As Windows XP comes to the end of its life, applications in enterprise desktop and virtualization environments everywhere will feel the effects.
Luckily, there are a couple things you can do if your applications depend on XP: You can use a very old Windows Server platform or jump on the virtualization bandwagon.
I've called April 9, 2014, the real red-letter day in the history of Windows XP. On that day, any zero-day exploit released into the wild will run rampant on Windows XP systems while Microsoft watches and says "I told you so." When companies beg for a fix, Microsoft will hold one document in each hand: the lifecycle information for Windows XP with a Post-it note that says "You had four years to move to Windows 7," and a contract for custom support.
Microsoft isn't the only company ditching XP
Not only can Microsoft wash its hands of Windows XP support, but so can all the companies that made software for XP.
Assuming those companies stopped actively developing for the OS years ago, they are likely still supporting the applications that run on it. After Windows XP end of life on April 8, 2014, they'll have no reason to continue. The implications of this reality run far and wide. Line-of-business software is surely affected, as are any of the random applications you are using.
What really is cause for concern for desktop and virtualization admins, though, is that security software vendors will likely stop patching, updating and supporting their software.
Why would companies such as McAfee, Symantec, Kaspersky or Trend Micro bother maintaining a product for an OS that is, for all intents and purposes, dead? Those applications might still run, and it could be that their definition files will be updated with the latest viruses for a time, but do you think those companies will pay attention to viruses targeted toward XP after it's gone? Probably not.
What about activation servers?
There is one other question that has yet to be answered, and that is in regards to Microsoft’s activation servers. What happens to the part of the system that activates Windows XP? Does it go offline? Is it somehow protected and only available to people that have paid for custom support? Existing machines will no doubt work just fine, but what about rebuilds or new machines?
Of course, Microsoft could simply validate all existing keys and let anyone that wants to use XP use it. There’s no precedent for this because XP was the first Microsoft OS that required activation. We may just have to wait and see.
The bottom line is that running Windows XP in your organization on anything other than a desktop with no network connection, floppy drive, USB ports, or CD drive is an outright liability, bordering on irresponsible. Yes, there are situations that will require it, but if you determine that your organization can't afford to get off Windows XP on the basis of cost alone, you are wrong.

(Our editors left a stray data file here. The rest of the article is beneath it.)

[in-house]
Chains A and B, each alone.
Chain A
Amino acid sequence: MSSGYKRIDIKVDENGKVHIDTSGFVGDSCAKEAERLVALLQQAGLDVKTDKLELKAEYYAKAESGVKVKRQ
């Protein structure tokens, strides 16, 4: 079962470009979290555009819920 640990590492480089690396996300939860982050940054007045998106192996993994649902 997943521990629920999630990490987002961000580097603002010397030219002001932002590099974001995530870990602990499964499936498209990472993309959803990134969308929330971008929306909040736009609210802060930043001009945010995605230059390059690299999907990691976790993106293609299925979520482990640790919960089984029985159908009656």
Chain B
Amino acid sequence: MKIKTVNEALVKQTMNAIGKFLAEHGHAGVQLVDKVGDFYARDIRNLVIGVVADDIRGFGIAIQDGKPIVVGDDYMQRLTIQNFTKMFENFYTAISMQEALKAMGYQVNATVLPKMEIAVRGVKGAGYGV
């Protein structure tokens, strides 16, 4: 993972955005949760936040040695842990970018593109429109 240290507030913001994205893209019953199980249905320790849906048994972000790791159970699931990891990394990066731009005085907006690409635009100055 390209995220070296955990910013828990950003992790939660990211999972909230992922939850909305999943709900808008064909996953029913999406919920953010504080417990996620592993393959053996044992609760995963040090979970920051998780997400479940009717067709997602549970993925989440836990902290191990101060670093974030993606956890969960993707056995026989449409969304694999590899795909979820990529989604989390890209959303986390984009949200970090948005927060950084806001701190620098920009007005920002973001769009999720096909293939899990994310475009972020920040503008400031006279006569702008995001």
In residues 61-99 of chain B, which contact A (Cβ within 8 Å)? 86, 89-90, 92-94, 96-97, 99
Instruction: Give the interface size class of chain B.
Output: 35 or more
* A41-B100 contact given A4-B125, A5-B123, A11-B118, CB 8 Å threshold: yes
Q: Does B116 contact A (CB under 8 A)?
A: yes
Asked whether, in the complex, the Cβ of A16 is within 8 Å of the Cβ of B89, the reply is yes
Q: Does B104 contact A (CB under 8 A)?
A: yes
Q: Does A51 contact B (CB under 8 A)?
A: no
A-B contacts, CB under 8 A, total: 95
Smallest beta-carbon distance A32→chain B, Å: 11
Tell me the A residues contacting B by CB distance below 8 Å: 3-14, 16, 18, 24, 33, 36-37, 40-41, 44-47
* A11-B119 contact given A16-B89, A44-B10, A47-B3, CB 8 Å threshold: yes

Alternatives for application support
Don't get me wrong -- I love the OS; I distinctly remember running Windows Whistler on my Cyrix 300 MHz computer with an AT-style keyboard jack as a home theater PC in 2000. Still, it's time to put it out to pasture.
There is at least one thing you can do, though, to extend the life of systems that depend on Windows XP: Use Windows Server 2003 R2.
Windows Server 2003 R2 is essentially Windows XP Server, and while the Windows XP end of life date is April 8, 2014, the end of life for Server 2003 R2 comes 15 months after that: July 14, 2015. Since they are roughly the same OS, based on the same kernel, it's likely that anything you require XP for will work on Server 2003 R2 -- and that will buy you more than a year to figure things out.
There are two ways to keep apps running with this approach.
Still on Windows XP?
If your organization has considered an OS upgrade but hasn’t pulled the trigger yet, check out this Windows 7 migration guide.
The first is to move those troublesome applications into the data center and use Remote Desktop Services (RDS) to deliver the application. This, of course, requires that the application is capable of running on a terminal server. In fact, this is also a viable means of preserving some of those oddball applications in your RDS environments.
If the application just won't work or has to run on its own system, you have the option of installing Server 2003 R2 on the physical computer. This solution is costly, because you need to purchase server licenses for each of these machines -- but it could cost significantly less than a Custom Support Agreement. Granted, it only buys you 15 months, but you can consider that to be additional motivation to switch platforms.
The bottom line is that you're running out of both time and options when it comes to removing Windows XP from your company. Even though I’m a desktop virtualization guy, if you feel more comfortable using physical desktops, go for it. Use VDI if you can (those extra management features will help in the long run); use application virtualization and user environment virtualization, too (it will make it easier to migrate OSes in the future). But, whatever you do, make sure the OS is gone by the time of Windows XP end of life next year.
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Gabe Knuth asks:
Would you consider RDS or VDI as a way to migrate off Windows XP?
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